For married couples, the contribution maximums are the same as they are for single filers except doubled because there are two people. What happens if one of the married parties didn’t work? It does not matter. Each spouse is able to contribute up to the individual maximum into their individual IRA. For example, if a married individual under 50 years of age made $100,000 for the year and their partner made $0 in income, both individuals would be able to contribute up to $6,000 annually into their respective IRA accounts.

It’s important to point out that these traditional IRA contribution limits are not required amounts to participate. If you’re only able to contribute a smaller amount of money to your retirement account for that year, that’s OK. Don’t be deterred from investing in your retirement future because you’re not able to put in the maximum amount. Industry experts push the maximums because of the tax benefits, but that’s only for those in a financial position to do so.

For those with multiple IRAs, these maximums are for the sum of all your accounts, not per account. These limits also do not apply to rollover investments (payments you’re receiving from your retirement account) or qualified reservist repayments, which are payments for reserve-components of the armed forces called to active duty.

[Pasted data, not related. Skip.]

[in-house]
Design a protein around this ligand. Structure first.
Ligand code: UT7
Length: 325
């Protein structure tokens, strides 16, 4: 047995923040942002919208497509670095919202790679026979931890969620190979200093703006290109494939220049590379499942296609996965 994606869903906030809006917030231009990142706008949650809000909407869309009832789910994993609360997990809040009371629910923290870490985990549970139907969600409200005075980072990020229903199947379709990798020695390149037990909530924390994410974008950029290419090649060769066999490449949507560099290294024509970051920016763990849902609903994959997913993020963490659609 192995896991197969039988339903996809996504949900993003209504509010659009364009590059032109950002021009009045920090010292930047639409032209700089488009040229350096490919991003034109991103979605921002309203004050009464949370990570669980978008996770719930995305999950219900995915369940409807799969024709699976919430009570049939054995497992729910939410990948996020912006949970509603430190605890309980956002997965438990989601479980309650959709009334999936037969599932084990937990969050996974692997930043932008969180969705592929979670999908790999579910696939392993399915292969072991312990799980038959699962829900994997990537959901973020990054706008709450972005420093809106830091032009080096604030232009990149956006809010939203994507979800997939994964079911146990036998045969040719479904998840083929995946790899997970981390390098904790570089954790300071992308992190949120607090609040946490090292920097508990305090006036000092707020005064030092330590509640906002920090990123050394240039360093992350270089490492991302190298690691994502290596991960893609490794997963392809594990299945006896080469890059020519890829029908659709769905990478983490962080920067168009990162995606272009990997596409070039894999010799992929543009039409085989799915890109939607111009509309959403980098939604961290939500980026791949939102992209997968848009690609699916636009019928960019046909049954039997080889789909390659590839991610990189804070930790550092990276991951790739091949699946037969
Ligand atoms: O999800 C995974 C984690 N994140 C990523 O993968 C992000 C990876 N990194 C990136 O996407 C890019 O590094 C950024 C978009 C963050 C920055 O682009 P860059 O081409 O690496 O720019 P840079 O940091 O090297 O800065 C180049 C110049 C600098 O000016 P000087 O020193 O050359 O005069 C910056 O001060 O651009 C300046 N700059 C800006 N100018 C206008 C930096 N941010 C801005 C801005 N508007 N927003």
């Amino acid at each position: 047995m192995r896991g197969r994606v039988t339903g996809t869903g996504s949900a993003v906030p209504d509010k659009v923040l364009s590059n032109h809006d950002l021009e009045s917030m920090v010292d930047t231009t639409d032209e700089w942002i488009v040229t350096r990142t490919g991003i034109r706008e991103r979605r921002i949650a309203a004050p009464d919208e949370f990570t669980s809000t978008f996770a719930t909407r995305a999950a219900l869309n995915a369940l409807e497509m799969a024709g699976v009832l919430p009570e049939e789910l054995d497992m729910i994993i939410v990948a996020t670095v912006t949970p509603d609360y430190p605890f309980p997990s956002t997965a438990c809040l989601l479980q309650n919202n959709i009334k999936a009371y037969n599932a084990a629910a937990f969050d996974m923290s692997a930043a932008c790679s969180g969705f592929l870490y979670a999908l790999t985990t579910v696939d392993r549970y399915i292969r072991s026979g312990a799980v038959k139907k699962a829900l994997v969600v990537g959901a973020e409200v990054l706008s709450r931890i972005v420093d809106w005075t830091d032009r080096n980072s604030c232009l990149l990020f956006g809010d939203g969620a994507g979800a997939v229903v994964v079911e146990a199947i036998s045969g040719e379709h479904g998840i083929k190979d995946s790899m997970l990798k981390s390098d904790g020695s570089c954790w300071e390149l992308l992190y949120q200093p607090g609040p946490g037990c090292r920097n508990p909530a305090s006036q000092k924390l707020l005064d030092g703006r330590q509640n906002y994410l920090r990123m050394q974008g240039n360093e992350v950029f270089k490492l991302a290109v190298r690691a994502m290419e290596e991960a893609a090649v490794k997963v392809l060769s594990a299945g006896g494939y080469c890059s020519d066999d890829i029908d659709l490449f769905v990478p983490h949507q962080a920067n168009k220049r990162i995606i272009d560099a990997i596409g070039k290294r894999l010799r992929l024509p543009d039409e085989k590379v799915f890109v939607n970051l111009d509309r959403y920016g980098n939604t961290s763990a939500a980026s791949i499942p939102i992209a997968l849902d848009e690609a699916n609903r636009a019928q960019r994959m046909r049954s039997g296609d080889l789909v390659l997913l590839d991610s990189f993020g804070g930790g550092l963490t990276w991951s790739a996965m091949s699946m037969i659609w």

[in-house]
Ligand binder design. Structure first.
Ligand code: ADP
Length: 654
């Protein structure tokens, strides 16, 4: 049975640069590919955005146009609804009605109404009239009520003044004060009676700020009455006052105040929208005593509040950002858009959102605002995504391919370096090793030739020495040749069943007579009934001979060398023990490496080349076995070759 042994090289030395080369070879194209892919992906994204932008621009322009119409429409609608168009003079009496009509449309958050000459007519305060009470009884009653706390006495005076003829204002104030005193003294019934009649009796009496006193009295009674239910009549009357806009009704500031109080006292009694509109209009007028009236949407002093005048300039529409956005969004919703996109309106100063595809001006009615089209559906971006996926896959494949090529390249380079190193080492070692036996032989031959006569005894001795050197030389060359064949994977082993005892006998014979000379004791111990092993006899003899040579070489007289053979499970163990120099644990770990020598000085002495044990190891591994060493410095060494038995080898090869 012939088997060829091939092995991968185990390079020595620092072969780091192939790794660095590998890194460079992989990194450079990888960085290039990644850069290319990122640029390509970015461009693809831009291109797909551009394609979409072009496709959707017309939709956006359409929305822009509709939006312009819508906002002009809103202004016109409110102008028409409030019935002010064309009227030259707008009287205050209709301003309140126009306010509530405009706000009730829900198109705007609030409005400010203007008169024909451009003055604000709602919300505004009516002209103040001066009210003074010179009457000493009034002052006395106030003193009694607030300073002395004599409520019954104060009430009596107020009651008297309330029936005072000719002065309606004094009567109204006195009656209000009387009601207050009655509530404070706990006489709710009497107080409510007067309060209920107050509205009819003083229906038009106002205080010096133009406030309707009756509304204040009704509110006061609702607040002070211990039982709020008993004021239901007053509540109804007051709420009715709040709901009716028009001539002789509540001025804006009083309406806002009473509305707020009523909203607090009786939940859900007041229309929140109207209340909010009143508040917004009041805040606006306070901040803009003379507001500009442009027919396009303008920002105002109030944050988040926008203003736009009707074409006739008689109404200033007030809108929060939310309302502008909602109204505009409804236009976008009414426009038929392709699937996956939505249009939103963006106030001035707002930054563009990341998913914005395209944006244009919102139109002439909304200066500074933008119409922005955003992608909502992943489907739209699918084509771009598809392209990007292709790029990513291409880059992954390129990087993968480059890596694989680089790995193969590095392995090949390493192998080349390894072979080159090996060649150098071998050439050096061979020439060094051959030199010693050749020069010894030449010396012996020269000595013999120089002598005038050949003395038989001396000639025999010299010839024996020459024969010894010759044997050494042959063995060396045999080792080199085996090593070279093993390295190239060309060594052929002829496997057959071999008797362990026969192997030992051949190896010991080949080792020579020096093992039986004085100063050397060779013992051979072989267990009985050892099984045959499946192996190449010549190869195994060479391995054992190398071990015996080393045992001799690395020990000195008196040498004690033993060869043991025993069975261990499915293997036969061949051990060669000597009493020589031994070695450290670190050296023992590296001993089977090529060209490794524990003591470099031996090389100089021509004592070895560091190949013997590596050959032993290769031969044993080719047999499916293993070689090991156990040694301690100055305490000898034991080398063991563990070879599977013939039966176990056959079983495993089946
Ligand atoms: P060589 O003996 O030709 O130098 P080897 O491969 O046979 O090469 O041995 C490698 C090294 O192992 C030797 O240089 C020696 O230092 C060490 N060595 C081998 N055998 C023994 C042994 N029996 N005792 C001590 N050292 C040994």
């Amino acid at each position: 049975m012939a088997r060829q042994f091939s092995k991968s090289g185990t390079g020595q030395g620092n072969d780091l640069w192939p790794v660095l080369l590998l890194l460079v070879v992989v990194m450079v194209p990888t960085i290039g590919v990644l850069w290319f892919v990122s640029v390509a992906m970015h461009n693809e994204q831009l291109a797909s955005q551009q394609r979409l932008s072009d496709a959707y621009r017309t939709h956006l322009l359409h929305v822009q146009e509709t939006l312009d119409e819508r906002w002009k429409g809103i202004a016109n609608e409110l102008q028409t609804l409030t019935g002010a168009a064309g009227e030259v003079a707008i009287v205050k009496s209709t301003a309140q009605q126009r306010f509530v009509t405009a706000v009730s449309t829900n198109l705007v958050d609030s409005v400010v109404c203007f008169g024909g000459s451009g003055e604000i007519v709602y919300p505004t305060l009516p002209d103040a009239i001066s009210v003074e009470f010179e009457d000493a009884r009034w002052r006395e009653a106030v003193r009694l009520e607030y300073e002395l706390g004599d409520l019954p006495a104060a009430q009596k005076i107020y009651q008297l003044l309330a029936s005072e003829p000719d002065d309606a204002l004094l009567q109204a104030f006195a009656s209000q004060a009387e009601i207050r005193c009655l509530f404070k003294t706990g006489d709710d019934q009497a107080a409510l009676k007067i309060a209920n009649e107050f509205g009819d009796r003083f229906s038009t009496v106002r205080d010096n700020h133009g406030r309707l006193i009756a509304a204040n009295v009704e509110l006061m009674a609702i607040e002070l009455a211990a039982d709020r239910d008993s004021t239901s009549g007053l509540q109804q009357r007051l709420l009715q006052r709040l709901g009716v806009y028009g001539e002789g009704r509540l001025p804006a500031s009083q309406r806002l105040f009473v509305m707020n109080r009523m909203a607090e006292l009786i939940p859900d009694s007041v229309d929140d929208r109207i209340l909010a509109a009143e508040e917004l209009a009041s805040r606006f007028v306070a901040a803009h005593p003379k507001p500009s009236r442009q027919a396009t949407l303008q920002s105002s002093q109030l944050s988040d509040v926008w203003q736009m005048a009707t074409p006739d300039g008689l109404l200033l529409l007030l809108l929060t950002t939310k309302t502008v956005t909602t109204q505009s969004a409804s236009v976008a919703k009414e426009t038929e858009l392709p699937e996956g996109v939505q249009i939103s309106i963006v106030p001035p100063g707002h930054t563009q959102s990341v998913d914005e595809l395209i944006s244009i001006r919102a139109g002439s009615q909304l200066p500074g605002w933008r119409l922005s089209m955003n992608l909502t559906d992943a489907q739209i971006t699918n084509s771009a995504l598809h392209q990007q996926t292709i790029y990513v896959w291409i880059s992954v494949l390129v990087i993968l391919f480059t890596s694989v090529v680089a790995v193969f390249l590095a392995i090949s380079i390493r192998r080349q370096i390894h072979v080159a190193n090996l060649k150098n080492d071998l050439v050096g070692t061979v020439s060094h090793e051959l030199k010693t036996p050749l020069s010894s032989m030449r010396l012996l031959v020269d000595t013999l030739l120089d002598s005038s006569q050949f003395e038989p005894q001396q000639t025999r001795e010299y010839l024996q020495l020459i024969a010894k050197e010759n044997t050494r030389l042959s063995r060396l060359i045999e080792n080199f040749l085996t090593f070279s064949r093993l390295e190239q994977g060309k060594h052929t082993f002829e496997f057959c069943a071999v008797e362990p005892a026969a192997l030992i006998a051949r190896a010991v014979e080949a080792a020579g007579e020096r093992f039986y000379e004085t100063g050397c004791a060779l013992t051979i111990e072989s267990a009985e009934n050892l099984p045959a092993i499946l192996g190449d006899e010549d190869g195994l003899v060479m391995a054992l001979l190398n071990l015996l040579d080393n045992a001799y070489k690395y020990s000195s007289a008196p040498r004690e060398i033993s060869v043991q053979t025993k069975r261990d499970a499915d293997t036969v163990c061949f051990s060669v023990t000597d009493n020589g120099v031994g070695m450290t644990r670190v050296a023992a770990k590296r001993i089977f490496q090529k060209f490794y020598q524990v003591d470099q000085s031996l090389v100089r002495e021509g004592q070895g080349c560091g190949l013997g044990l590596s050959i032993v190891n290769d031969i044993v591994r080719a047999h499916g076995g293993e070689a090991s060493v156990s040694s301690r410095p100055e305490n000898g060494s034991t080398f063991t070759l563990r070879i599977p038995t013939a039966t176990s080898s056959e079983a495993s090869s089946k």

You’re able to continue contributing to a traditional IRA all the way up until the age of 70 ½. After that, you’re only able to contribute rollover contributions. Roth IRAs, on the other hand, allow you to continue contributing regardless of your age.

Once you have a firm understanding of the traditional IRA contribution limits, you’ll want to look into the tax benefits associated with each filing situation. Depending on your tax filing status, if you’re covered by an employer-sponsored retirement program and your modified adjusted gross income, you will be able to deduct different amounts of your IRA contribution from your taxes. As there are several different classifications you can fall under, the IRS deductions limit page is your best resource for your specific situation outside of seeking professional advice.

The final word

The fact you’re looking into the maximum you’re able to invest in your retirement already shows you’ve got your head in the right place about the future. Once you’ve got a firm understanding of what you are able to do with IRAs, set out a plan to begin contributing that works with your goals. Remember, there’s no requirement that you have to contribute the maximum to your retirement account. Even small contributions now can begin to build an impressive retirement portfolio for the future. With proper planning and disciplined investing through tools like IRAs, retirement can be as joyous as it’s supposed to be.

Jason Lee

Personal Finance Contributor

Jason Lee is a seasoned copywriter with a passion for writing about banking, tech, personal growth, and personal finance. As a business owner, relationship strategist, and officer in the U.S. military, Jason enjoys sharing his unique knowledge base and skill set with the rest of the world.